Title

Cognitive Correlates Of Performance In Computer Programming By Children And Adolescents (development, Basic Programming)

Date of Award

1985

Availability

Article

Degree Name

Doctor of Philosophy (Ph.D.)

Department

Elementary Education

Abstract

The purpose of this study was to investigate the relationships among cognitive development (as defined by Piaget), selected programming aptitudes, and performance in a BASIC programming class by children and adolescents. Cognitive development, verbal reasoning, and quantitative reasoning were examined as they relate to performance in BASIC programming.Fifty-seven children and adolescents attending public schools in Broward County, Florida served as subjects for the study. Ages of the subjects ranged from eight to fourteen years. The students voluntarily enrolled in a 30 hour class in BASIC programming. Four tests were administered to each subject: the Inventory of Piaget's Developmental Tasks (IPDT), designed to measure Piagetian development, and the Verbal Reasoning, Number Series, and Quantitative Relations subtests of the Cognitive Abilities Test as measures of verbal and quantitative reasoning. The measures of Piagetian development, verbal reasoning, and quantitative reasoning comprised the independent variables. The dependent variables were sums of scores on tests of interpreting and generating BASIC programs; these tests were administered at the end of each unit of study. A multiple regression model was utilized to analyze the data.The results indicated that cognitive development, as measured by the IPDT, was strongly related both to interpreting and generating BASIC programs. When IPDT was entered into regression equations with the other variables (verbal reasoning, quantitative reasoning, and age), IPDT was the only significant predictor of both interpretation and generation scores. When IPDT was not included in the analysis, quantitative reasoning was significantly related to both interpretation and generation tasks; age was a significant predictor of interpretation scores, but did not significantly predict generation scores. Verbal reasoning did not significantly add to the prediction of performance in this sample of children and adolescents when combined with the other variables of level of development, quantitative reasoning, and age.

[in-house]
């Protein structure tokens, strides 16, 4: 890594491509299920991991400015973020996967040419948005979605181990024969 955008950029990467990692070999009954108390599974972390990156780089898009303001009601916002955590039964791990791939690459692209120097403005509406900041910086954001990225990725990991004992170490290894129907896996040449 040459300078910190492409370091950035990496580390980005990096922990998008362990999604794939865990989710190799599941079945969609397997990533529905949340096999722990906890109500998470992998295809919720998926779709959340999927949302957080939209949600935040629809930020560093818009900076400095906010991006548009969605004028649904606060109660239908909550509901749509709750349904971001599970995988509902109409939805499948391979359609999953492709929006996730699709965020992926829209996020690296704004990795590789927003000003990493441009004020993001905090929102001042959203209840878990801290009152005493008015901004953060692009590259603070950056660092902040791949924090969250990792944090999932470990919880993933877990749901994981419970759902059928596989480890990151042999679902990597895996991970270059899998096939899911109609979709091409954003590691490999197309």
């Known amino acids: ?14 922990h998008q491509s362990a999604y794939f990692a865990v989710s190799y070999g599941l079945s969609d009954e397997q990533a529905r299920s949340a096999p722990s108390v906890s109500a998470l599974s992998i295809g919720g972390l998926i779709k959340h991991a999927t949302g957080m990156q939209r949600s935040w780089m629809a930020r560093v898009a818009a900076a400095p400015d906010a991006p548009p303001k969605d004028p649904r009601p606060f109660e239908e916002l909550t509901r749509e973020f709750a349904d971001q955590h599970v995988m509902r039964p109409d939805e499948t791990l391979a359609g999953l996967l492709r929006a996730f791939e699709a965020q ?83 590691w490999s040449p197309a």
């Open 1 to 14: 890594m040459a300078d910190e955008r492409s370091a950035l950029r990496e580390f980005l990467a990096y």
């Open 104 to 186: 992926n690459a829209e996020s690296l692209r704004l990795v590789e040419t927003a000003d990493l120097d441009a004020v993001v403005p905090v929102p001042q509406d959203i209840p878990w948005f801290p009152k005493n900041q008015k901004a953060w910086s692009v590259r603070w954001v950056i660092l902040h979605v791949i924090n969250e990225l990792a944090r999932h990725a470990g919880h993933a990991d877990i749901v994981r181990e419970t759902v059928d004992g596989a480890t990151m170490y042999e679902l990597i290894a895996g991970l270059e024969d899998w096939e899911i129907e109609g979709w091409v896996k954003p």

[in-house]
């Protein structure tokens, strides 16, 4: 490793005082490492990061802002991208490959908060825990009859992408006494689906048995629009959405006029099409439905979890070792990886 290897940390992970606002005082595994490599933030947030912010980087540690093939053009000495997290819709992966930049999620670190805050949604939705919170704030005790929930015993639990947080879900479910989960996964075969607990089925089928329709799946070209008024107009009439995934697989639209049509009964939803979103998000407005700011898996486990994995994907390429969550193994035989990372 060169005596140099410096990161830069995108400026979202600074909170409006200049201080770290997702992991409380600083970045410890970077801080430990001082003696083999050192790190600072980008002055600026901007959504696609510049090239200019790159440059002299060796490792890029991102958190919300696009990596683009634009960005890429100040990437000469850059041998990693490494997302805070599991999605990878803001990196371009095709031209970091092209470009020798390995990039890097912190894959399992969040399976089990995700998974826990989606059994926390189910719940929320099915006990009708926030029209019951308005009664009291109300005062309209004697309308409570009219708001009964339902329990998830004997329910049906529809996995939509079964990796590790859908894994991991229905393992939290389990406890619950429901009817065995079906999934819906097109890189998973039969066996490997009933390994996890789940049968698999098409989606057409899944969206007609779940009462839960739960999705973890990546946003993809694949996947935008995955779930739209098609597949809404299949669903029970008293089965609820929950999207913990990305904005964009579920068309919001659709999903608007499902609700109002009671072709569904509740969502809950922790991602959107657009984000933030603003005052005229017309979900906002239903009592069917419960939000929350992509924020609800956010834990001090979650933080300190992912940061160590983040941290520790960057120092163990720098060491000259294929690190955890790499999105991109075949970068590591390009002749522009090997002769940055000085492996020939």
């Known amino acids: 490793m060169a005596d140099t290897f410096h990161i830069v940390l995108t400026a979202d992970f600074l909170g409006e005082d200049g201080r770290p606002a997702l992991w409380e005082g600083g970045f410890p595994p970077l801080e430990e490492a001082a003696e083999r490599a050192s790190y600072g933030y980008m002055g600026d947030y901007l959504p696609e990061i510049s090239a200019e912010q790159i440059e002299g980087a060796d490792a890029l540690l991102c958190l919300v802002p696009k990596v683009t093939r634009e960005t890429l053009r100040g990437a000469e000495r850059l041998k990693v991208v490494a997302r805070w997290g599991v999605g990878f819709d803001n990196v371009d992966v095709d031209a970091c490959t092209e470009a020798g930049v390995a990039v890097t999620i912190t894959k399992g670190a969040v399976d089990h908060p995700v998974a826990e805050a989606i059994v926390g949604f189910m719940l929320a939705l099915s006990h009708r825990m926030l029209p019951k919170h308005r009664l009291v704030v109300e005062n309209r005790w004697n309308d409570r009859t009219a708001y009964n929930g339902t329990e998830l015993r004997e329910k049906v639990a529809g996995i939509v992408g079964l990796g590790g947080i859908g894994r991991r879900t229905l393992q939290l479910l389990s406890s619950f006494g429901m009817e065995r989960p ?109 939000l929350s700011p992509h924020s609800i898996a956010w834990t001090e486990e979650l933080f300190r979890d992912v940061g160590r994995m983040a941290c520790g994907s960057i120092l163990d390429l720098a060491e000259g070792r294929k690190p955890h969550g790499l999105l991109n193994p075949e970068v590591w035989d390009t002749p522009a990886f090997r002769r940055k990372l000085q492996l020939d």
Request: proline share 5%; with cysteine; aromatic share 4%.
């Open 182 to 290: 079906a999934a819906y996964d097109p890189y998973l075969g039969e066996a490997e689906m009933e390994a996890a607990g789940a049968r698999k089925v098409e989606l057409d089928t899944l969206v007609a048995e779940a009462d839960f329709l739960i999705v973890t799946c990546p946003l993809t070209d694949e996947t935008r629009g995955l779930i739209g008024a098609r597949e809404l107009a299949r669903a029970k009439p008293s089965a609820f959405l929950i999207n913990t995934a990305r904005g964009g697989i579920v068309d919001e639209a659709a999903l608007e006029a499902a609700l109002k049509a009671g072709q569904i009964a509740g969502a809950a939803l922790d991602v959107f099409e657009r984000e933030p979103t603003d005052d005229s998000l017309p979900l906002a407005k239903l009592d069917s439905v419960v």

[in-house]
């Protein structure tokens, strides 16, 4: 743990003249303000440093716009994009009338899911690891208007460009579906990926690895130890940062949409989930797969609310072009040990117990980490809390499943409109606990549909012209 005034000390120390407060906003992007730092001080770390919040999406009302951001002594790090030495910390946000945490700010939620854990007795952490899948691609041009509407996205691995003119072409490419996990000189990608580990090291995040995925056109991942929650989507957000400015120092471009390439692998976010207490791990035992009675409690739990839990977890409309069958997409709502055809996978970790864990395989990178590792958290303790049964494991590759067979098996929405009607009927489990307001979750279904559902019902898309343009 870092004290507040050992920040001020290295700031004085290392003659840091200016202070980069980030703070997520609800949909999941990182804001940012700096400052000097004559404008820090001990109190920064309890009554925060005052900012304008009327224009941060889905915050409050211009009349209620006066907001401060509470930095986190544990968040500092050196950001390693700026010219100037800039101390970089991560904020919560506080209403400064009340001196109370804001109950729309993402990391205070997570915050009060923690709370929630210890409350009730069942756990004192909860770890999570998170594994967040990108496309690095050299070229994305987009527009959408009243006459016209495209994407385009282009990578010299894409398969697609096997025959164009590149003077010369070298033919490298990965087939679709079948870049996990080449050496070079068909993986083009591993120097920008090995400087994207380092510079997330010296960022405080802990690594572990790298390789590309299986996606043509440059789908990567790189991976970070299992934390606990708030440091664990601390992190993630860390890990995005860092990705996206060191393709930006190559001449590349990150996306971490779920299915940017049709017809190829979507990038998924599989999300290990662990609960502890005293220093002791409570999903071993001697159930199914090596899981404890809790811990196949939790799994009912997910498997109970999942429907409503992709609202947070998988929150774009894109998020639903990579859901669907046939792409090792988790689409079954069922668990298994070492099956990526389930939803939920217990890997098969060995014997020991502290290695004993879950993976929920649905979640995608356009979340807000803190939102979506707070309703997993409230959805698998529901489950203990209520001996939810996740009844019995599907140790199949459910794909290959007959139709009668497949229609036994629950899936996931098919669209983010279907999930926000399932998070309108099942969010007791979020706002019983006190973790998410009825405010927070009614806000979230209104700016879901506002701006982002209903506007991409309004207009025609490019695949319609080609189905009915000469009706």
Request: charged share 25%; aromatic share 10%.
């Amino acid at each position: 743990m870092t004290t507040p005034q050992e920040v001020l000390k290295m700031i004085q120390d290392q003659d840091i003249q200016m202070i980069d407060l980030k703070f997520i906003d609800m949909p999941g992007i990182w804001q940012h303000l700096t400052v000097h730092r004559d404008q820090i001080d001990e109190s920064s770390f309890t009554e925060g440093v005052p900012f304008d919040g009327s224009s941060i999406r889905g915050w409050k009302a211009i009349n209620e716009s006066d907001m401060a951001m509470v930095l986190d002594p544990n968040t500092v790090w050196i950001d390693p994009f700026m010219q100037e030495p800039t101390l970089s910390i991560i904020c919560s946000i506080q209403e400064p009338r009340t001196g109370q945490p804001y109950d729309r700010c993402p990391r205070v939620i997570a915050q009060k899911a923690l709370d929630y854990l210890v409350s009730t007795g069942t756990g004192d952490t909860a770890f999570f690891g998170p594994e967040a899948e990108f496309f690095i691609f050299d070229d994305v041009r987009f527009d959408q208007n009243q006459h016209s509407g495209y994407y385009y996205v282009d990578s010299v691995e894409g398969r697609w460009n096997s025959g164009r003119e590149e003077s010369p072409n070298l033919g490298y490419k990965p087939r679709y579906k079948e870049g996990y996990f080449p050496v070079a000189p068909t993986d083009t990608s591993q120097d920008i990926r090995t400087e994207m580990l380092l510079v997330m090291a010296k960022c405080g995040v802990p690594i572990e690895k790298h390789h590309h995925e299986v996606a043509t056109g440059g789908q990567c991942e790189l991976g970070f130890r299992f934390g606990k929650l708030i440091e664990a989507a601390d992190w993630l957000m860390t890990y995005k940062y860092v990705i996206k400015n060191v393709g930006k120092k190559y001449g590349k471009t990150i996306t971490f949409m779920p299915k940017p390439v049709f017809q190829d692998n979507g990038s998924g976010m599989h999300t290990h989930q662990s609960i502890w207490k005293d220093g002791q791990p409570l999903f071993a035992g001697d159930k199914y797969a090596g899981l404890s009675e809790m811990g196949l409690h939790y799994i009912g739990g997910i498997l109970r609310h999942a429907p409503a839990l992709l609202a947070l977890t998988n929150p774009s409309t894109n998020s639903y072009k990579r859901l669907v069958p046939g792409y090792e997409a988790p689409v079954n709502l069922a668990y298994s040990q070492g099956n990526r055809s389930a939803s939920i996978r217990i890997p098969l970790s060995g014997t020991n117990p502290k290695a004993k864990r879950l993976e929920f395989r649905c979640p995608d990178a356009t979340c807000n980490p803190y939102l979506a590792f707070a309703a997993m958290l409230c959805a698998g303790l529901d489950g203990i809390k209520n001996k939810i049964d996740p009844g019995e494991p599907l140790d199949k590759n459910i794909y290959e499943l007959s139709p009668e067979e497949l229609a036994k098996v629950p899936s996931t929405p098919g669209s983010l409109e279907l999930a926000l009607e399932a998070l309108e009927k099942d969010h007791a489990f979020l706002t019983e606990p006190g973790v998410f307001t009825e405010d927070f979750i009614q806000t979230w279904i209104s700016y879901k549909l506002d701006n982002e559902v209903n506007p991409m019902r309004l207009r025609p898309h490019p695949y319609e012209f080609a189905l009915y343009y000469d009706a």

Keywords

Education, Educational Psychology; Education, Technology of

Link to Full Text

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